: Juillet 2000
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Iron Maiden: Back To The Old School

In the metal universe, one word is bound to inspire headbangers to reverently throw up their metal horns and nod in approval: Maiden.

Before Korn, before Metallica, before any of today's hard rock elite were piecing together riffs in their garages, Iron Maiden was bolstering the British metal prototype and road-testing it around the world. Maiden's early '80s output on albums such as "Killers," "The Number Of The Beast," and "Powerslave" brought together fantasy imagery, musicianship, and sheer volume in a combination that would come to mean "metal" to legions of fans.

But there was a time when it looked as though the band's legacy would die in the '90s. Following the 1993 departure of frontman Bruce Dickinson, dark days followed and Maiden limped along, seemingly bound for the metal scrap heap. However, instead of fading into obscurity, Maiden regrouped, refocused, and came up with what could be the biggest hit of its 24-year career. So far, "Brave New World" brought Maiden a top 40 debut and its biggest radio hit in the form of "The Wicker Man."

Recently, Dickinson sat down with MTV News' Robert Mancini to talk about recording with his mates for the first time in seven years. He also dished on capturing the "classic" Maiden sound, the group's plans for Eddie, and why "no other band on Earth can touch us."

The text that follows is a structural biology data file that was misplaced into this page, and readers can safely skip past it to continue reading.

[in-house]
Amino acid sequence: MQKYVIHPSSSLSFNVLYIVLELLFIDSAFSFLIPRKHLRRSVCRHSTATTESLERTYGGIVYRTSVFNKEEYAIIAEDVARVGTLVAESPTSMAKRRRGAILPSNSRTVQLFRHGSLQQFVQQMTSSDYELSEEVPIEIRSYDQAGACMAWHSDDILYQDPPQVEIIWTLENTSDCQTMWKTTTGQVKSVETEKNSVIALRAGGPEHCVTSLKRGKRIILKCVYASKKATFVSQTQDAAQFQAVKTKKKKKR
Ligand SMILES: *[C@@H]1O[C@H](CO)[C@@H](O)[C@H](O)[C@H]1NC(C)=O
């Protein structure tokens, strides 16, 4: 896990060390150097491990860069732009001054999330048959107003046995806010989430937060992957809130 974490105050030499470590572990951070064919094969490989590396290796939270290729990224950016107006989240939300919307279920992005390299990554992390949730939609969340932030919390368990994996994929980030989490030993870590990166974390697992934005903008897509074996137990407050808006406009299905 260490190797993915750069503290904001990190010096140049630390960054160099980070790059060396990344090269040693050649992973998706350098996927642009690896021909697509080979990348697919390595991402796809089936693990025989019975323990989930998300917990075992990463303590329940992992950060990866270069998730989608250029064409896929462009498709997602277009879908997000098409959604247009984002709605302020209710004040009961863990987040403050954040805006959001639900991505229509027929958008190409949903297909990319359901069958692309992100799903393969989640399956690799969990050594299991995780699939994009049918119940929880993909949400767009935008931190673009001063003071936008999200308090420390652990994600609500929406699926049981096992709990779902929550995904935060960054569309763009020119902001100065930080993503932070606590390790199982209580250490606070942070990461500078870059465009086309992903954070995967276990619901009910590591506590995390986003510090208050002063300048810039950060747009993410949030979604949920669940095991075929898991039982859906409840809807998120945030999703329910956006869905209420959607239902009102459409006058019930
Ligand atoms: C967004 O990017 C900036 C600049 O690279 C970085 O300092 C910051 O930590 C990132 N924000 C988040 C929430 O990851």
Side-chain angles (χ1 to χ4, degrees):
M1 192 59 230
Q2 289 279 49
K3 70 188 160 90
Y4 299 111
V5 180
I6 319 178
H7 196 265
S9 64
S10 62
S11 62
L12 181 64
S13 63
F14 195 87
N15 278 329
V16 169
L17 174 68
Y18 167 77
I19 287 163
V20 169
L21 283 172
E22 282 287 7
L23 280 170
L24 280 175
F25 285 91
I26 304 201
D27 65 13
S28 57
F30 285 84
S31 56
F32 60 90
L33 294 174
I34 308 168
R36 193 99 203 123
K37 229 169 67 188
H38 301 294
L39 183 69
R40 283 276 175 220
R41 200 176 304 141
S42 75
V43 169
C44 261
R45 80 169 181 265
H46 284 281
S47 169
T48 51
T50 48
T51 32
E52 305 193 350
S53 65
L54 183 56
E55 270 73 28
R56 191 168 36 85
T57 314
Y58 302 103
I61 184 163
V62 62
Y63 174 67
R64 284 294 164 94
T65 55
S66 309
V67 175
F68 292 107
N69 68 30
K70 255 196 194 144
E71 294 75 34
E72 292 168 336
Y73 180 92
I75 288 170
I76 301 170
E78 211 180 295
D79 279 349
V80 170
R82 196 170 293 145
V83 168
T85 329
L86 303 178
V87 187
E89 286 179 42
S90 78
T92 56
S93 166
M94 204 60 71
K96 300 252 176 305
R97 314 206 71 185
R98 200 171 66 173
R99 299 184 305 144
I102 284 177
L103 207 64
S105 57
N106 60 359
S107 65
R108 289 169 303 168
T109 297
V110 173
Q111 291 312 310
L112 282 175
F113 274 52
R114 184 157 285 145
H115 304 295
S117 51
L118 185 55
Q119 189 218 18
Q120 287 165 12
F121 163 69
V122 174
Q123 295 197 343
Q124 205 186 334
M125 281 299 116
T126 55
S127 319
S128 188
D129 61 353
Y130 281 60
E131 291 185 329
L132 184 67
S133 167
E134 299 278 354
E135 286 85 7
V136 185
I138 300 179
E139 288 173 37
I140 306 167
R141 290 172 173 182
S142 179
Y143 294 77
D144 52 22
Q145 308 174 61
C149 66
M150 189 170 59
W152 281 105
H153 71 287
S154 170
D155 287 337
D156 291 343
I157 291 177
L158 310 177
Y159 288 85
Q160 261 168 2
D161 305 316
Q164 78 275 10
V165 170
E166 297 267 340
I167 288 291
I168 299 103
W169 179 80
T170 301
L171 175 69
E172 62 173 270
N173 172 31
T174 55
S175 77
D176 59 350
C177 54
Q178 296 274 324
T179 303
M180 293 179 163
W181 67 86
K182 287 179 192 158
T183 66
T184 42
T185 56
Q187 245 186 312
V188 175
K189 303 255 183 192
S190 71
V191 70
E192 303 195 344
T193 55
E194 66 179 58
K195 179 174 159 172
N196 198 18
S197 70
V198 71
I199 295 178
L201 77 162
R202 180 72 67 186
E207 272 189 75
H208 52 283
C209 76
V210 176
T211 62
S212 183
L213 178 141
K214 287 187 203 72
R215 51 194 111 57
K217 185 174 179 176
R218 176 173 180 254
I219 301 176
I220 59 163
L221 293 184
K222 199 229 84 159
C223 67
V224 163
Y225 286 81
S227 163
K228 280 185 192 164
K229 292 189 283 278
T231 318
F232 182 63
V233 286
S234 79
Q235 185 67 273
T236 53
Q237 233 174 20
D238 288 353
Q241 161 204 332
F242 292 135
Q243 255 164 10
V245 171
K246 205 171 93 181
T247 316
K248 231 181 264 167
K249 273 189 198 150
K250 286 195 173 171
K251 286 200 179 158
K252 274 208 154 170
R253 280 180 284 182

MTV News: I have to say that the new album sounds classic without feeling dated.

Dickinson: Yeah, it's the classic sound. If it was the Rolling Stones, you'd say it was a great Rolling Stones record, and nobody would be disappointed that it doesn't sound like Nine Inch Nails. It's like, "Duh." It's a great sound, and there's nothing wrong with it.

MTV: There must be a struggle that a musician has after you've established yourself and you've created a signature sound. There's got to be something inside of you that makes you think "Maybe I want to do something a little bit different. Maybe I want to go the David Bowie route and change it up every time, or maybe I would rather go the AC/DC route and find one thing and be really good at it for an entire career."

Dickinson: Well, it doesn't suit everybody all the time. Obviously I went off and did my solo thing, and in a sense, that's in many ways what made it possible for me to come back to Maiden.... I saw going back to Maiden as being almost like a new frontier. [I said] "Wow, here's a chance to make this thing huge again," because it's truly a great sound. I mean, when the band is on and we're doing it live, there's no other band on Earth can touch us. I really, really believe that.

It's kind of a cool challenge as well, 'cause so many people have written the band off. A lot of people who've written the band off were not very experienced Maiden watchers or Maiden fans. They didn't really know how good the band was deep down, so it's very easy for them to be dedicated followers of fashion and write off everything that's metal every five minutes. So coming back to the band and making the record, most importantly, was a good way of achieving the end result.

We've done it collectively as well. It's not like I have anything more to do with this record than anybody else on it. On the songwriting credits, I'm [only] involved in four songs out of the ten songs on the record. There are five writers in the band, so if the record sounds uniformly strong, it's uniformly strong because of the uniform strength within the band.

MTV: You talked about the band's expectations, and fans' expectations are cropping up online. People who haven't heard the album are already talking about what they want it to be. Do you ever visit those sites?